Wimbledon ready for debut in 3D

The 3D efforts undertaken at Wimbledon get their first public viewing today, ending a week of technical tests and trials that Mervyn Hall, director of broadcast operations for the All England Lawn Tennis Club says have gone well.

“Everyone seems very pleased,” says Hall of an effort that involves the BBC, CAN Communications, Sony, Visions, Globecast, and others.

BBC viewers domestically will have the chance to watch two men’s semifinals in 3D today followed by the women’s final tomorrow and the men’s final on Sunday. Highlights packages of previous matches will also be shown.

“The team has been shooting one match a day and then analyzing it and building seven or eight-minute highlight packages,” says Hall. “Those will also be kept for our archives as they are good, quality stuff and something we can build around the programme.”

Given that this is year one of a three-year commitment to 3D at Wimbledon, modest goals were the key.

“From our perspective we wanted to get on air and make sure that at least some broadcasters have the rights to show it live or recorded,” he says. “We are being modest to make sure we do things right.”

ESPN in the U.S., for example, can show the 3D coverage three hours after the live HD broadcast by NBC Sports. Other broadcasters that have taken on the 3D rights include Sky Italia and Sky Deutschland and the matches will also be broadcast live to theaters across Europe in three languages: English, Spanish, and Portugese.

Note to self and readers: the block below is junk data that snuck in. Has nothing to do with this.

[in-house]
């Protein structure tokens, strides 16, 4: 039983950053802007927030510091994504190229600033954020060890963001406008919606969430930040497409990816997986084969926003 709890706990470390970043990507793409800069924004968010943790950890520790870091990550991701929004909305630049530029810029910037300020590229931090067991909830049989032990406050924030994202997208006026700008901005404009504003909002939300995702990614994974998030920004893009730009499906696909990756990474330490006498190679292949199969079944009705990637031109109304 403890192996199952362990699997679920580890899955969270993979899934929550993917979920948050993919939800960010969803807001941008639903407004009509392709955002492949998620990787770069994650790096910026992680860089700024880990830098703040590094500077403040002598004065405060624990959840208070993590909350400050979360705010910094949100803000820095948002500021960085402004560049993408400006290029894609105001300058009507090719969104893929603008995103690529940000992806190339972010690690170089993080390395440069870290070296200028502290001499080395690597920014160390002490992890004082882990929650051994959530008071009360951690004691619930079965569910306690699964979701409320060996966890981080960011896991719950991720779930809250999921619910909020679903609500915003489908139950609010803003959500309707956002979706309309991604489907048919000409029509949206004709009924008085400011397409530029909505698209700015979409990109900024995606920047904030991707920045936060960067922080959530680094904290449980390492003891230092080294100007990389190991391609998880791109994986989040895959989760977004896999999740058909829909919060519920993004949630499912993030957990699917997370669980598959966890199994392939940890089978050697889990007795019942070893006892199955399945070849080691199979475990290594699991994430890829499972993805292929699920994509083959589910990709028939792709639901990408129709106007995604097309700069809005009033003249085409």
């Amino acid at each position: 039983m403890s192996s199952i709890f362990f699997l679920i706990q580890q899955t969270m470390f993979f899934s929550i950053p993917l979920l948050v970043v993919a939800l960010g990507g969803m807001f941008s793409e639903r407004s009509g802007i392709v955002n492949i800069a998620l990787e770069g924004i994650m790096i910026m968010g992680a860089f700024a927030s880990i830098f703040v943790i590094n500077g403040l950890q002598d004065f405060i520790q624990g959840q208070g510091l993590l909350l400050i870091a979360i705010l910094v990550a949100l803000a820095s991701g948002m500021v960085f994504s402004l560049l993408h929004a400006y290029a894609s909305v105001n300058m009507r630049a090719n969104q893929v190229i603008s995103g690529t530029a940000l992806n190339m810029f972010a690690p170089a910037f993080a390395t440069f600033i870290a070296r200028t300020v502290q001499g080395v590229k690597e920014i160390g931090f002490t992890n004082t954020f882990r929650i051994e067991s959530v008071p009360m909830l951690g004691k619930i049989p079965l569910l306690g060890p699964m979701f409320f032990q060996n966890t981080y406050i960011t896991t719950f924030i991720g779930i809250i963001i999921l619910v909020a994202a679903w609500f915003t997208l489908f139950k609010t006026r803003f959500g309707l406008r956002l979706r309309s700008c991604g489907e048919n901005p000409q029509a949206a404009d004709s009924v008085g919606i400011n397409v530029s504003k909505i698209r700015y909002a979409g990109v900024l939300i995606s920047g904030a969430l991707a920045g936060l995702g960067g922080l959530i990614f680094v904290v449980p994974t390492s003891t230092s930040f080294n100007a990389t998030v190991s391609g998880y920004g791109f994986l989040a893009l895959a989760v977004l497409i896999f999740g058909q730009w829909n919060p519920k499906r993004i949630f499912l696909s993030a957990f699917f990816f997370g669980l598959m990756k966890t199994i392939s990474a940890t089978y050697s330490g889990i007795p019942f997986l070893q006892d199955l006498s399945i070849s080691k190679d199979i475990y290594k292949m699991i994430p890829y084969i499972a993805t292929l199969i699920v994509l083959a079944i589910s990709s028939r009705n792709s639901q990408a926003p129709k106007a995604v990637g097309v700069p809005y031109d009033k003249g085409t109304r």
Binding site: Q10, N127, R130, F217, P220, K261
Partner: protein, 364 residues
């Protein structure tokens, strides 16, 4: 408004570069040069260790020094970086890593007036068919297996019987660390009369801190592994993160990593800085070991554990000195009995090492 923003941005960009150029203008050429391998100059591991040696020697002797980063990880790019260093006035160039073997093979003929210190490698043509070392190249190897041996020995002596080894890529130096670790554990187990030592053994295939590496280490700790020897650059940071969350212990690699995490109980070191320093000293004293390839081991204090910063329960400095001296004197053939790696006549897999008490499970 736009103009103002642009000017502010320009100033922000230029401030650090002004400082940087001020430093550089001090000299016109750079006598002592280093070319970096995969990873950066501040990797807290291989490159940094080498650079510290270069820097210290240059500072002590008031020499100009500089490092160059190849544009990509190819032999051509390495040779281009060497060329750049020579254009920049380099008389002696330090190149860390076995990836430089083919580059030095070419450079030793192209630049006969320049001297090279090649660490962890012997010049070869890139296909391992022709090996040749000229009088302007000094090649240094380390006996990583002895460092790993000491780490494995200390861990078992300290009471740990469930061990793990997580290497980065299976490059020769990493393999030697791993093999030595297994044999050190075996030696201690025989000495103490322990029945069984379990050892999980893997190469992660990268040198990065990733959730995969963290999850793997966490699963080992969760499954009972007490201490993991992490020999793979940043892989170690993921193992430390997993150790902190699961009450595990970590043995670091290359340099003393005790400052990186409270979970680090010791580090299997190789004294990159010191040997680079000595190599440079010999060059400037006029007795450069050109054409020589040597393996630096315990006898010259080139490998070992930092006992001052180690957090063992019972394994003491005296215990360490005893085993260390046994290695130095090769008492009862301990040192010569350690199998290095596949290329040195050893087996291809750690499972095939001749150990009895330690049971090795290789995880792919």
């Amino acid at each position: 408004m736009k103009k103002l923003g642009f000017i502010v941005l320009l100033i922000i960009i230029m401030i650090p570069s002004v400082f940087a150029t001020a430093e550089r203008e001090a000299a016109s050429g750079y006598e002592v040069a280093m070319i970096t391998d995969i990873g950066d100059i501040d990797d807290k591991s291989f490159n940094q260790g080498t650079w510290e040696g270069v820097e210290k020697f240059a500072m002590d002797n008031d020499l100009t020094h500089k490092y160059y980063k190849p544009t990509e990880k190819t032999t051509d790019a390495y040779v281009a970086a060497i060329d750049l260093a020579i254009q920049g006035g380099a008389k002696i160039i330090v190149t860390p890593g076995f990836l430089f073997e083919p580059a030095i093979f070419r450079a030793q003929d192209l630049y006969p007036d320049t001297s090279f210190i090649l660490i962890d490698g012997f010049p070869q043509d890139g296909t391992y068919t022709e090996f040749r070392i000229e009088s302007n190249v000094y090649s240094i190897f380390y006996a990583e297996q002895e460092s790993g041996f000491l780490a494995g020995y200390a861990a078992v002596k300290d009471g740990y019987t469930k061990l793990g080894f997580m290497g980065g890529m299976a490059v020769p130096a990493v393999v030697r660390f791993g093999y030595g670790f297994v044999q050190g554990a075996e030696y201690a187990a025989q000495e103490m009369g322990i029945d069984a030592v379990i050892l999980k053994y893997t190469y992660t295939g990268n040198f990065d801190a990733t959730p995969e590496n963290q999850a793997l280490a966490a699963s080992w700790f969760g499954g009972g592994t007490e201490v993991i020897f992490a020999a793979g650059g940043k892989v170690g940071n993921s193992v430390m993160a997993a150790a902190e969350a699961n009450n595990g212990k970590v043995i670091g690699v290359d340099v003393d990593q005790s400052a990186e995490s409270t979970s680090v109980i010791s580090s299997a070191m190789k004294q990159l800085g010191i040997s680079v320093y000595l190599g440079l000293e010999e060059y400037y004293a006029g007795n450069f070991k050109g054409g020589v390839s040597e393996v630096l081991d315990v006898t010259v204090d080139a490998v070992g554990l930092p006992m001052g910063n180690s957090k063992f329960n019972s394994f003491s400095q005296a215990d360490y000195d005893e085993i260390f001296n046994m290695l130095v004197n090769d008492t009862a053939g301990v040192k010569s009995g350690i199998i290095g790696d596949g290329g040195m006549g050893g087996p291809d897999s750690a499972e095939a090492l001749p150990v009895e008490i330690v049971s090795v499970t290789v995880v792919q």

The two massive Visions Gemini OB units arrived on site last week with camera mounts and heads in position by Monday. Unable to fit in the broadcast yard the trucks instead are in a parking lot adjacent to court 18 and the broadcast centre.

The biggest challenge was finding suitable camera positions within Centre Court without killing seats, something that Hall says was accomplished by losing a couple of still photographer positions.

“Finding places for the 3D cameras was a bit on a black art and took some time and effort,” says Hall. “They probably aren’t the perfect positions and we probably don’t have enough cameras but as part of the reprise process and analysis we will enhance the [camera positions] more.”

For example, he says, the introduction of Sony’s ENG 3D camera later this year could help out next year.

“They could bring greater flexibility and make it easier for the coverage cameras,” adds Hall.

The production will use six Sony 3D rigs, including a small robotic rig in the corner of the court that provides beauty shots. Two 3D rigs are located on the same baseline in front of the Royal Box, another rig and the robotic are behind the opposite baseline, and then there are two rigs in the photographer’s pit along the side of the court.

Hall says he has been impressed with the images captured in the trials.

“It’s a startling image and Wimbledon is such an iconic and unique identifiable image with the green and white and shape of the stadium,” he says. “The shots from the photographer’s pit with the crowd in the background and the ball boys have been quite stunning.”

Looking to next year viewers should expect some adjustments in camera angles and maybe even an additional camera or two. And even fans at Wimbledon itself may be in for an added treat if the right technological advances occur.

“We will investigate whether we can add 3D screens on court two when we get to the finals as we use it as an overflow for people on the hill,” says Hall. Whether suitable (and affordable) screens are available remains to be seen.

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